Protest Politics

The First Amendment guarantees the right to assemble, but in recent years that principle has come under increased scrutiny. Whether it be state legislators who want to mitigate consequences for drivers who “accidentally” hit demonstrators or attorneys in the District of Columbia attempting to indict journalists and nurses for rioting they were not a part of, the protest scene in the United States is beginning to resemble the street battles that took place in the Vietnam War era. And as organized political movements have drawn millions for the Women’s March in 2016 or the Families Belong Together March in 2018, the politics of protest are not likely to mellow anytime soon. Does the state ever have a legitimate interest in restricting — or even punishing — protests?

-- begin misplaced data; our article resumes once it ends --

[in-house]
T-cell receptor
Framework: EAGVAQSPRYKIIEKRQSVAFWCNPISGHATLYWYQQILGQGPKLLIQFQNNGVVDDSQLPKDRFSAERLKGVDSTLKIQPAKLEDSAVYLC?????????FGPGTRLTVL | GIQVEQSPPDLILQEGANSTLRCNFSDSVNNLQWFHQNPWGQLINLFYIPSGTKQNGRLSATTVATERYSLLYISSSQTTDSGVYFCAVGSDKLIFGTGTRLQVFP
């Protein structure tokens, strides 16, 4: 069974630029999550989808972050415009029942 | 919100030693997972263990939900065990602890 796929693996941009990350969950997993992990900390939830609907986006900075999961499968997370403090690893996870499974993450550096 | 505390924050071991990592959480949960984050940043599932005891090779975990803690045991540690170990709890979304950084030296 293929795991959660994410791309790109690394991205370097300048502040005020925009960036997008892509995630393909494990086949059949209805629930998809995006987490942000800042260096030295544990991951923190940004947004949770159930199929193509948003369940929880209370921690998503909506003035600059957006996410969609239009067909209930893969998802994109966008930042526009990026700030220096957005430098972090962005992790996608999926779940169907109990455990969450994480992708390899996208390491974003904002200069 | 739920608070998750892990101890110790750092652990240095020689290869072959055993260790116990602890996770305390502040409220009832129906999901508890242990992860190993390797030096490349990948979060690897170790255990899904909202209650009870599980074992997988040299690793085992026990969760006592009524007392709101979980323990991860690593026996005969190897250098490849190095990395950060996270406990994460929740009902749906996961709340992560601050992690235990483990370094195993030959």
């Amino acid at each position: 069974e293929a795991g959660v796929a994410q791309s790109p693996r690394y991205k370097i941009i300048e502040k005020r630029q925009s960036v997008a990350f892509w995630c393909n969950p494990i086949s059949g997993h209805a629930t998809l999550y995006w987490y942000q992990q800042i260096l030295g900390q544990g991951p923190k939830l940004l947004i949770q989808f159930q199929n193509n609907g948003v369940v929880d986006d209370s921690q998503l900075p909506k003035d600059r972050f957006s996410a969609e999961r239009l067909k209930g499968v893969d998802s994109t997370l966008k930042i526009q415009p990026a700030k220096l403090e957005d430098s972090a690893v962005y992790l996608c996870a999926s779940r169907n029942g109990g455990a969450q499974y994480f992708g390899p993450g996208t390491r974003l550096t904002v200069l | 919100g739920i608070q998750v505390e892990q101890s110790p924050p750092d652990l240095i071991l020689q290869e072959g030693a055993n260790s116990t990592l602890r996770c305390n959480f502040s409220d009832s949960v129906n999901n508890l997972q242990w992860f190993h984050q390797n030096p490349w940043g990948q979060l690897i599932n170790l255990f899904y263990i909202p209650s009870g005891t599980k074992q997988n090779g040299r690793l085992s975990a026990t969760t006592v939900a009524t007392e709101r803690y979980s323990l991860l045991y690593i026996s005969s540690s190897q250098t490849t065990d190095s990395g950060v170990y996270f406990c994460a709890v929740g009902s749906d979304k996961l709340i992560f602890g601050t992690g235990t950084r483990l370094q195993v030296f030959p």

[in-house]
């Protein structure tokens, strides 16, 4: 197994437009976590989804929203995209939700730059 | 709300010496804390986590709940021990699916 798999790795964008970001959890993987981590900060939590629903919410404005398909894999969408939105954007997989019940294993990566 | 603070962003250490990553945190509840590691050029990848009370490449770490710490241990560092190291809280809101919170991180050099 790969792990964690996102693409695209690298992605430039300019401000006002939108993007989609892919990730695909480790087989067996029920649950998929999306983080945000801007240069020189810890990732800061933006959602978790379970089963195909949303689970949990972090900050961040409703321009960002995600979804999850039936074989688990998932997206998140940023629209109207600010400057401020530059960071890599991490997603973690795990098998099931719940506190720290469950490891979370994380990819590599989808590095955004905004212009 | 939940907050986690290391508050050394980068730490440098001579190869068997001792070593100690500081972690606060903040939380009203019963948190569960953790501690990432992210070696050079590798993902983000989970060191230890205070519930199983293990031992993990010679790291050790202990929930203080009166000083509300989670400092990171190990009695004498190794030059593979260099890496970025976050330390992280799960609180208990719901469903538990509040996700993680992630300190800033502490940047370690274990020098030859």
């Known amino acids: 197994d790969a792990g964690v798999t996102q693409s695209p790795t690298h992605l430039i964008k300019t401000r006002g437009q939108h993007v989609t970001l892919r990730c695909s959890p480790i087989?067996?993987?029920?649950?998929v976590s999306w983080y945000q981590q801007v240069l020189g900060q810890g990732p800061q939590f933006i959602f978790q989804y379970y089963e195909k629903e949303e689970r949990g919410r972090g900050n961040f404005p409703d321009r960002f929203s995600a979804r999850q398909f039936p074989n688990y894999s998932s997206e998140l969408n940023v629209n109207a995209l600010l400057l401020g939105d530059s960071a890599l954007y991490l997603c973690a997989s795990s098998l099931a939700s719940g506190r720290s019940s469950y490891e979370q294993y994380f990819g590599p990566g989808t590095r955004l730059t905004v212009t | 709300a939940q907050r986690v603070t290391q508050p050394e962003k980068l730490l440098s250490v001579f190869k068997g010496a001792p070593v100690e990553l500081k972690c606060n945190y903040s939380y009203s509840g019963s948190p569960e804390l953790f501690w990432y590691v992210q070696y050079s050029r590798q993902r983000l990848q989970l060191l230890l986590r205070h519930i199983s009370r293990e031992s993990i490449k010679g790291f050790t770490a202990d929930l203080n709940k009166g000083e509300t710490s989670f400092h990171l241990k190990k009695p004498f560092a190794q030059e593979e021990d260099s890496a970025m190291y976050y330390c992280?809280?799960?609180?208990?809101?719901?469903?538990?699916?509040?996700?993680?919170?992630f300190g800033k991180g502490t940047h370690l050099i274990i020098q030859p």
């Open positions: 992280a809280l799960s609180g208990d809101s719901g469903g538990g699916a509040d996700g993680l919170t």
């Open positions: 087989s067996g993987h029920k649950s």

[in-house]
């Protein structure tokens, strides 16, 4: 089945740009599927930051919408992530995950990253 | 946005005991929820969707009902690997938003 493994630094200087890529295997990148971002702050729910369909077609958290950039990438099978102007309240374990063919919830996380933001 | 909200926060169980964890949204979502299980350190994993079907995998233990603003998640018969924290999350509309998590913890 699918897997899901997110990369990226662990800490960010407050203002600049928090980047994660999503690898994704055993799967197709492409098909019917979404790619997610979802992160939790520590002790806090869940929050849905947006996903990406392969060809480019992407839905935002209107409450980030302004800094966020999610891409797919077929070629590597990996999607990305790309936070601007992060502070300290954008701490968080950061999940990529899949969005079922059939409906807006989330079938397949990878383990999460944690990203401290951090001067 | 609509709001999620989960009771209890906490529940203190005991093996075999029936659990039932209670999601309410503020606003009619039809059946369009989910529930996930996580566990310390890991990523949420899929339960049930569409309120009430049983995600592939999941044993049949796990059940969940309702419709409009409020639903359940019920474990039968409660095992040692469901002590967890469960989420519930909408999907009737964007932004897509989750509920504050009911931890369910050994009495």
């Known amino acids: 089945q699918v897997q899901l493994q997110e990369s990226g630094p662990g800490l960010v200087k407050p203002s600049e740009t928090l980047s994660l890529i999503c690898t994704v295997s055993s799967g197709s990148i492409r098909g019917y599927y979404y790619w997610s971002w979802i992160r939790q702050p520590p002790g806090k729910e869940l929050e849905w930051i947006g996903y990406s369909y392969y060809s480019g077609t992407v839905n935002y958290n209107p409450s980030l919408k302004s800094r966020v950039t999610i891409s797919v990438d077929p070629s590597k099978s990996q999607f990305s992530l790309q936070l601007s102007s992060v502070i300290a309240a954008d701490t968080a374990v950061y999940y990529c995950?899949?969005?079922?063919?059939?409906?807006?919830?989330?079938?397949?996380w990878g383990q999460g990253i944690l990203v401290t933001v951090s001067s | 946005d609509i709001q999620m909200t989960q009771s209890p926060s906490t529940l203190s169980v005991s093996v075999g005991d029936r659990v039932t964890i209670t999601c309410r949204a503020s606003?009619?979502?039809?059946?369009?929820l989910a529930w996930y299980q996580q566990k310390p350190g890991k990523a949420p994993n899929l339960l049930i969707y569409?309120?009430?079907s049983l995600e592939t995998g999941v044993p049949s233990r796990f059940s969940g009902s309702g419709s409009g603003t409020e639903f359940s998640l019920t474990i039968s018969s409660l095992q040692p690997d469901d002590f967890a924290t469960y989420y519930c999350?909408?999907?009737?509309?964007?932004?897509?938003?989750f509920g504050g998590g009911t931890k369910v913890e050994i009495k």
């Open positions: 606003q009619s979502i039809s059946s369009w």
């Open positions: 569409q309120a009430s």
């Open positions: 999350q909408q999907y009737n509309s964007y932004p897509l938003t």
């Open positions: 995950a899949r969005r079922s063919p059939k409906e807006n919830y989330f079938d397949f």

Reflection Questions

  1. Are there limits to acceptable protest that can be widely agreed upon, without violating the letter or the spirit of the First Amendment?
  2. Have state legislatures crossed the line of constitutionality in their efforts to regulate protest, favoring property and commerce over speech?
  3. Do efforts to assure civility sometimes interfere with Free Speech?



The entries on the Free Speech Tracker can be classified into many themes, including the 12 listed below; most entries relate to several different themes. Click on a box to bring up a list of entries related to that theme, or select two or more to narrow the list down. You may also click or unclick the categories below this box to make the lists specific to Education, Civil Society, Government, or any combination of the three.



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